28. 28. Fibres • Fibres are the thread forming polymers which possess high tensile strength and high modulus. These characteristics can be attributed to the strong intermolecular forces like hydrogen bonding between polymeric chains. • These strong forces also lead to close packing of chains and thus impart crystalline nature. The examples are polyamides (Nylon 6, 6), polyesters (Terylene), PAN (ORLON) etc.
  29. 29. Thermoplastic polymers • These are linear or slightly branched long chain polymers, which can be softened on heating & reversibly hardened on cooling repeatedly. • Their hardness is a temporary property & varies with temperature. • Example:- Polyvinyl chloride, Polyethene, Polystyrene, Teflon
  30. 30. Thermosetting polymers • These polymers are cross linked or heavily branched molecules, which on heating undergo extensive cross linking in moulds and again become infusible. • These cannot be reused and remoulded. • Some common examples are bakelite, urea-formaldelyde resins, melamine- formaldehyde resins, etc.
  31. 31. Based on type of monomers Homo polymers Co-polymers
  32. 32. HOMOPOLYMERS • Consist of chains with identical bonding linkages to each monomer unit. This usually implies that the polymer is made from all identical monomer molecules. • These may be represented as : -[A-A-A-A-A-A]- • Example : Polyethene, PVC, Polystyrene, Teflon, Polyacrylonitrile, Polybutadiene, Nylon-6, Natural rubber, Neoprene
  33. 33. CO-POLYMERS • Consist of chains with two or more linkages usually implying two or more different types of monomer units. • These may be represented as : -[A-B-A-B-A-B]- • Example : Nylon-6,6; Nylon-2,6; Terelene; Glyptal; PHBV; Bakelite; Melamine etc.
  34. 34. Applications of Polymers: AGRICULTURE Polymeric materials are used in and on soil to improve aeration, provide mulch, and promote plant growth and health.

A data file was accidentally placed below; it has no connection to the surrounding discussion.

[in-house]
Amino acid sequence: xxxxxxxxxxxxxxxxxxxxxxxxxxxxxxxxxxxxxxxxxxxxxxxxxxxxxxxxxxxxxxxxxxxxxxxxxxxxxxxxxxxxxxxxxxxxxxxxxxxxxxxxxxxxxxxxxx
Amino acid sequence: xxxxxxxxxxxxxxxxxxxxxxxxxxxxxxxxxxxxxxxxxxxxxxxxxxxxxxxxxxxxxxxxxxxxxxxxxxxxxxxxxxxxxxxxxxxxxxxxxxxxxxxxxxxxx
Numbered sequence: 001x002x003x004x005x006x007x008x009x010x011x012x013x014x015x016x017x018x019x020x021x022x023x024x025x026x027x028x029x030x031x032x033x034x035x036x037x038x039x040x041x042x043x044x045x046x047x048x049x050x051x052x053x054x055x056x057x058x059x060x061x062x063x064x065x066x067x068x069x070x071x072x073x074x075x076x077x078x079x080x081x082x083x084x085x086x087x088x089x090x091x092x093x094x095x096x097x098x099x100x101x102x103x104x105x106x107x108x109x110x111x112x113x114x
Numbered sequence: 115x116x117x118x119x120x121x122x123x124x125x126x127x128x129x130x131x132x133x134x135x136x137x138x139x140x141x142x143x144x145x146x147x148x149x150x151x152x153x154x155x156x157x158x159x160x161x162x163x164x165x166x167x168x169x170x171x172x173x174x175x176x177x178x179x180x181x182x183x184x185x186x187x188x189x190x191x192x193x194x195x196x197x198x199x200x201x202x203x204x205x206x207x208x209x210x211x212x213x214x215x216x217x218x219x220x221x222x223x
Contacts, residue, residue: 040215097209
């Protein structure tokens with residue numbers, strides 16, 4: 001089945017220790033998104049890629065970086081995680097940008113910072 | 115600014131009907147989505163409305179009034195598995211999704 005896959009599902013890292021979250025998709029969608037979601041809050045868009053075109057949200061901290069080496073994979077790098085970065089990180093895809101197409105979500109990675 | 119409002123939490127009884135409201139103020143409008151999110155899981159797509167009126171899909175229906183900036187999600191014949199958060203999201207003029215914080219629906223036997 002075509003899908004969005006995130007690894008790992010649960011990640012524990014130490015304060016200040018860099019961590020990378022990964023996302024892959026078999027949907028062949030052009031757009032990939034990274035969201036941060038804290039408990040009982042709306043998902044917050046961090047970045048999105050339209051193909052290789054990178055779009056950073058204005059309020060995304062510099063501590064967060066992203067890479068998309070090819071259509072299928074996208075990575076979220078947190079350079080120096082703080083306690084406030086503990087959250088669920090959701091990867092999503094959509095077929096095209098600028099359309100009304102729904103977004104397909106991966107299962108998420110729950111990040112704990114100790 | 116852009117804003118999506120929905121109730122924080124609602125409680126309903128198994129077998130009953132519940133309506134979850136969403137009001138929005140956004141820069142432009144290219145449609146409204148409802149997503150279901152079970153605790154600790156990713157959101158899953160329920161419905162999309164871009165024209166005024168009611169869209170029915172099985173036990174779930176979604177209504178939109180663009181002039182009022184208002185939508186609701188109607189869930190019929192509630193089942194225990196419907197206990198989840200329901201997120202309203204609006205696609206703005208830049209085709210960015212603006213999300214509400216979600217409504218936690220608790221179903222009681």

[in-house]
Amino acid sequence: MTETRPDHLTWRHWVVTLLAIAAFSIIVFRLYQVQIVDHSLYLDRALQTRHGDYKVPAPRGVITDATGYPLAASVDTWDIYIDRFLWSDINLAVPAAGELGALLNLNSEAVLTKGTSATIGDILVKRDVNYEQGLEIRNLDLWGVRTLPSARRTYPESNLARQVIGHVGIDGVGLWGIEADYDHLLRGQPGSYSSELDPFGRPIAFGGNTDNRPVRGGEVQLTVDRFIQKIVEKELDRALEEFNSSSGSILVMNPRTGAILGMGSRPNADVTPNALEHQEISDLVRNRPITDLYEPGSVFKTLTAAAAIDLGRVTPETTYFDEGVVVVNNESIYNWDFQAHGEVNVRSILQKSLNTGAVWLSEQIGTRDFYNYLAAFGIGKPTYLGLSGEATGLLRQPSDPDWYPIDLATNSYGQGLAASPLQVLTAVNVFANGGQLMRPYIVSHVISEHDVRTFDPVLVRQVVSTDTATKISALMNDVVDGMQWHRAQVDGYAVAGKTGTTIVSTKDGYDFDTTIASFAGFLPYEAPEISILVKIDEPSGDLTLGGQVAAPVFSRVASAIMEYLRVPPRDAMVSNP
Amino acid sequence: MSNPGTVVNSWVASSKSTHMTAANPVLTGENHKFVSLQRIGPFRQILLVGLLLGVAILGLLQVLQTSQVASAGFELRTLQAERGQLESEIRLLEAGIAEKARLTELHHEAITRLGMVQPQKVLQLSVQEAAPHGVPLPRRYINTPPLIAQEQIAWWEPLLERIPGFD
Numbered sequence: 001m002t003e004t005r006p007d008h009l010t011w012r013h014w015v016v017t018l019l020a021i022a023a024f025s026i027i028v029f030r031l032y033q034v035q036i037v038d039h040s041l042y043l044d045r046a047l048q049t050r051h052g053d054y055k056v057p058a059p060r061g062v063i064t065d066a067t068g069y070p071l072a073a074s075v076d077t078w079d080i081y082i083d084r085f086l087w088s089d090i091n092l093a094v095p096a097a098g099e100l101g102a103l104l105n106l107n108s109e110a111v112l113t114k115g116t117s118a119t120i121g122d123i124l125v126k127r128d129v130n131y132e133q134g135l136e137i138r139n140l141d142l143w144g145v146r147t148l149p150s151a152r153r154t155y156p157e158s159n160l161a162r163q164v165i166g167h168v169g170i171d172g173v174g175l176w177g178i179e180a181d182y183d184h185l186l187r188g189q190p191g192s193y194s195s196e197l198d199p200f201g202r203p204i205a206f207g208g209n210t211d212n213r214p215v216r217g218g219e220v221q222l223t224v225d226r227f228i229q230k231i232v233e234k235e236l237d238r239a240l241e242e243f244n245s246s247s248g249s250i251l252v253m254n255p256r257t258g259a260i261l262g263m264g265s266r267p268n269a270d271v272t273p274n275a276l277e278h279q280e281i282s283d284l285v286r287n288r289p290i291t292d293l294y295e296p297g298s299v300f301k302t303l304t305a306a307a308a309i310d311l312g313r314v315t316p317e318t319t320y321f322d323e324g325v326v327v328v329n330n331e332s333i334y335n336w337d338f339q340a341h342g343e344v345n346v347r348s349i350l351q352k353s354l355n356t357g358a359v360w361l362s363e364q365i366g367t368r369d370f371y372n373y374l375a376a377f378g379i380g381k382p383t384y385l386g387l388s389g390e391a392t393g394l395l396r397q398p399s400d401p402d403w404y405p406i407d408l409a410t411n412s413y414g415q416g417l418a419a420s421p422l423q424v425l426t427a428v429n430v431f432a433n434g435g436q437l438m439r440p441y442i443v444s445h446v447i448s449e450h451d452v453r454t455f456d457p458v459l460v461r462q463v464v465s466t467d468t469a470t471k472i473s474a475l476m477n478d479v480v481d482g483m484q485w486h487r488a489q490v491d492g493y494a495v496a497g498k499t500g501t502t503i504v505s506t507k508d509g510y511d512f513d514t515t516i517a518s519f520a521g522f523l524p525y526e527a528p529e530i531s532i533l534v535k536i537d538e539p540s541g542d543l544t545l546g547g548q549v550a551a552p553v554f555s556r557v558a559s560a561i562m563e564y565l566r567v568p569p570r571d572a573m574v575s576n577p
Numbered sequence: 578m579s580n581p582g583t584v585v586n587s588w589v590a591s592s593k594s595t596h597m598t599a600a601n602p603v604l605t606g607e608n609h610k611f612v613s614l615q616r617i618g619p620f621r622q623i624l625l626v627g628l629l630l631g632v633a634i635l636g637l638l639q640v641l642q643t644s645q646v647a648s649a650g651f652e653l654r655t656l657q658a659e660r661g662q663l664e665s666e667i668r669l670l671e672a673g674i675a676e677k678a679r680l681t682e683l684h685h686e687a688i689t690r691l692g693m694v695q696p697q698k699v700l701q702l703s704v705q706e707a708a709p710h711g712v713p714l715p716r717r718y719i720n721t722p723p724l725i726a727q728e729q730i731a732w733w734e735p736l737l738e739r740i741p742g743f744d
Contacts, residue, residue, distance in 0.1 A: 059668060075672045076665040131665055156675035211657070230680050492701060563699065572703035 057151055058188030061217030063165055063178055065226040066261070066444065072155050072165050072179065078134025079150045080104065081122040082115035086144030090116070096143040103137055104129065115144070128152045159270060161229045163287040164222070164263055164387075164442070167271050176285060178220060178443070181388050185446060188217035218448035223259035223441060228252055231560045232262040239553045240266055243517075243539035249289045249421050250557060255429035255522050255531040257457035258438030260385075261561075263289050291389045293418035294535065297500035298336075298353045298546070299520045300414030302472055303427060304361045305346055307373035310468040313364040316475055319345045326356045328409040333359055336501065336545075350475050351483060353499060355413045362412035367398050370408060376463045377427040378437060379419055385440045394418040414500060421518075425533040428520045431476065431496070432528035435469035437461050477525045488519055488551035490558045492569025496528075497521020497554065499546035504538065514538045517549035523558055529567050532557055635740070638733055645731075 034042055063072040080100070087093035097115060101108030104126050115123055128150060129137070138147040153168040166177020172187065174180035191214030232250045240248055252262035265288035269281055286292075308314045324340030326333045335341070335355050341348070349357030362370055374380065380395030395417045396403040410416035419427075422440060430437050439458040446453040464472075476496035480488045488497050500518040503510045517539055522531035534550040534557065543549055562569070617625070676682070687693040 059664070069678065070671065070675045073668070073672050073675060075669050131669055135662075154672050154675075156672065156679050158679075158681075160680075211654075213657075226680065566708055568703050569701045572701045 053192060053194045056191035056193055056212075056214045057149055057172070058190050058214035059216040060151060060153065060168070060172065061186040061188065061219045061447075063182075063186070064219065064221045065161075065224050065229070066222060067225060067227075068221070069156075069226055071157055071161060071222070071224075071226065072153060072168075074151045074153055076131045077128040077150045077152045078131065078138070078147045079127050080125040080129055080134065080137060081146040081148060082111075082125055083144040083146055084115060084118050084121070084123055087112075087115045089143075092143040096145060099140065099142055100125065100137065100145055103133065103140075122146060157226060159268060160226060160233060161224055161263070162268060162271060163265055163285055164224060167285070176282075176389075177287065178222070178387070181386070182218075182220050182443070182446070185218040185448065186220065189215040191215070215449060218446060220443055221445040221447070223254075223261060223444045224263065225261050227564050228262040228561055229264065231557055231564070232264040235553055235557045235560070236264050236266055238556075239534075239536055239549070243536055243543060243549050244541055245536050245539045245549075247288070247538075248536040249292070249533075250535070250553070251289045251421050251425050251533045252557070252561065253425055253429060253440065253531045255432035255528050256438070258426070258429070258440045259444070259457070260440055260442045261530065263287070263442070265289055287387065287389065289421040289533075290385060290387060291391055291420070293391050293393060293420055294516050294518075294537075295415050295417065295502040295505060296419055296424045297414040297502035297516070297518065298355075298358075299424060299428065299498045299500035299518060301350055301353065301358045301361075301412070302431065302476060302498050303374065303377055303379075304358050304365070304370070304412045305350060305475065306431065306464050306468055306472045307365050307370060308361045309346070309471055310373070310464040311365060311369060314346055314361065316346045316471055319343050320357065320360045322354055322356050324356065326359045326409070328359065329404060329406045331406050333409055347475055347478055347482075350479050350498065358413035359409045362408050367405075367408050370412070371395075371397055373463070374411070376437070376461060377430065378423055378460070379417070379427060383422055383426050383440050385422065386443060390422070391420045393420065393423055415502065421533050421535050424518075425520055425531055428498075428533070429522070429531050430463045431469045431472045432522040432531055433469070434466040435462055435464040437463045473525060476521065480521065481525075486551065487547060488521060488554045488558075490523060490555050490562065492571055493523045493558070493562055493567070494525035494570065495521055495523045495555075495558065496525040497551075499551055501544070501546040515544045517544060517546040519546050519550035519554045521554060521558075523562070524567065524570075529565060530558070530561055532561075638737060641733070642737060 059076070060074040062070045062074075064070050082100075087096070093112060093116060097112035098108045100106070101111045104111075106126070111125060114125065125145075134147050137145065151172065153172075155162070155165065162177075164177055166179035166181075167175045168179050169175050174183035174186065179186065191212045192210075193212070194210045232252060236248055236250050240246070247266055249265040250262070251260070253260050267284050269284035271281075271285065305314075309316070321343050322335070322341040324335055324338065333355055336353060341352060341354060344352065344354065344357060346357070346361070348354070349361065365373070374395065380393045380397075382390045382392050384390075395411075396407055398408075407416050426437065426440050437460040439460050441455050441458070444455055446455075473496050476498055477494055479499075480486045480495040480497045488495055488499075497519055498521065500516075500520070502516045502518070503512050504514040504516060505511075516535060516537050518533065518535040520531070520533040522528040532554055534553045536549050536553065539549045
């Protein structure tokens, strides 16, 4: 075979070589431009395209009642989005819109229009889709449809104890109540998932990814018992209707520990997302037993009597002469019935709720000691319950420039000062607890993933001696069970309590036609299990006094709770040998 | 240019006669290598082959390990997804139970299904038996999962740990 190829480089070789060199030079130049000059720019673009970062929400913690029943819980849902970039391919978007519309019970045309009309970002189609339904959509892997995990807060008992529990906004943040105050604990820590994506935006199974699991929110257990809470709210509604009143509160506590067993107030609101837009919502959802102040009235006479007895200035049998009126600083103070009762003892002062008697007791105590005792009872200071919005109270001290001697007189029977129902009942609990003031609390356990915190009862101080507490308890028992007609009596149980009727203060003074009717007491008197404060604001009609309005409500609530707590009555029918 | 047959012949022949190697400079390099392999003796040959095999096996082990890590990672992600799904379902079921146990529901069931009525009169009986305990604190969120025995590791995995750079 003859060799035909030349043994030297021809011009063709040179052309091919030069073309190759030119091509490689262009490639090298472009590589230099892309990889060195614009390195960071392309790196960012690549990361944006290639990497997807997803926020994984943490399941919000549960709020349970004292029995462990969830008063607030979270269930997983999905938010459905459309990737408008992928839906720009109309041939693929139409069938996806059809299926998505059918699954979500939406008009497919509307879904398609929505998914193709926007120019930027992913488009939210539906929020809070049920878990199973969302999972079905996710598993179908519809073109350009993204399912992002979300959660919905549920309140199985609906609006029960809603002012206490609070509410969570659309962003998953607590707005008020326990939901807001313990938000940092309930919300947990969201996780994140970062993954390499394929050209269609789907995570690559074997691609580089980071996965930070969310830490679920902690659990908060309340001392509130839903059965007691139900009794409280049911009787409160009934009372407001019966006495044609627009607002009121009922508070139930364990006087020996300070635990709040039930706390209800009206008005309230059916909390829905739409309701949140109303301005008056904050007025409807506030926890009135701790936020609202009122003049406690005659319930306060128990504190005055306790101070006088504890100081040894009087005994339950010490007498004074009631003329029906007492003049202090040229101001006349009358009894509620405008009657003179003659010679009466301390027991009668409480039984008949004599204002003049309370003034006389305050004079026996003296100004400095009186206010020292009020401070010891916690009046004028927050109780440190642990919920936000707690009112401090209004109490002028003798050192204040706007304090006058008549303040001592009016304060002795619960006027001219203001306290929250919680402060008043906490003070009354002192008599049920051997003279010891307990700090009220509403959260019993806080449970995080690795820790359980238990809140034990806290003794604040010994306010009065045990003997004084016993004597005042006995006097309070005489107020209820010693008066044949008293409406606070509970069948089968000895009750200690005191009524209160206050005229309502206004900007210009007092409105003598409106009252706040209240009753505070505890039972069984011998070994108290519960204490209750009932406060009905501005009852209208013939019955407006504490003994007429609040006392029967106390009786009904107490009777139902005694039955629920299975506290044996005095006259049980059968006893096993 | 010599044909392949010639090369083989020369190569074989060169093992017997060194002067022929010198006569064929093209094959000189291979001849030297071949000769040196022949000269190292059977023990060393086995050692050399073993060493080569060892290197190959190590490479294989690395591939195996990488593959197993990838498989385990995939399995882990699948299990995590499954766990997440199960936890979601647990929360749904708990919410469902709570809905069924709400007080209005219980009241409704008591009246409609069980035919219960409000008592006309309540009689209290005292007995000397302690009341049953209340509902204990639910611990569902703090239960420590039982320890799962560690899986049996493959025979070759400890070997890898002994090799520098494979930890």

35. 35. Medicine • Many biomaterials; • heart valve replacements • blood vessels, are made of polymers like Dacron, Teflon and polyurethane.
  36. 36. Consumer Science • Plastic containers of all shapes and sizes are light weight and economically less expensive than the more traditional containers. • Clothing • floor coverings • garbage disposal bags • packaging are other polymer applications.
  37. 37. Industry • Automobile parts • windshields for fighter planes • Pipes • Tanks • packing materials • insulation, wood substitutes • elastomers are all polymer applications used in the industrial market.
  38. 38. Sports • Playground equipment • various balls • golf clubs • swimming pools • protective helmets are often produced from polymers.
  39. 39. Strength of Polymers In general, the longer the polymer chain, the stronger the polymer. There are two reasons for this: • longer chains are more tangled • there are more intermolecular forces between the chains because there are more points of contact. These forces, however, are quite weak for polyethene. • Areas in a polymer where the chains are closely packed in a regular way are said to be crystalline. The percentage of crystallinity in a polymer is very important in determining its properties. The more crystalline the polymer, the stronger and less flexible it becomes.
  40. 40. • When a polymer is stretched (cold-drawn), a neck forms. In the neck the polymer chains line up producing a more crystalline region. Cold-drawing leads to an increase in strength. • The first polyethene which was made contained many chains which were branched. This resulted in a relatively disorganised structure of low strength and density. This was called low density polyethene (LDPE). • In the crystalline form, the methyl groups all have the same orientation along the chain. This is called the isotactic form. In the amorphous form, the methyl groups are randomly orientated. This is called the atactic form. • Polymers with a regular structure are said to be stereoregular.
  41. 41. THANKS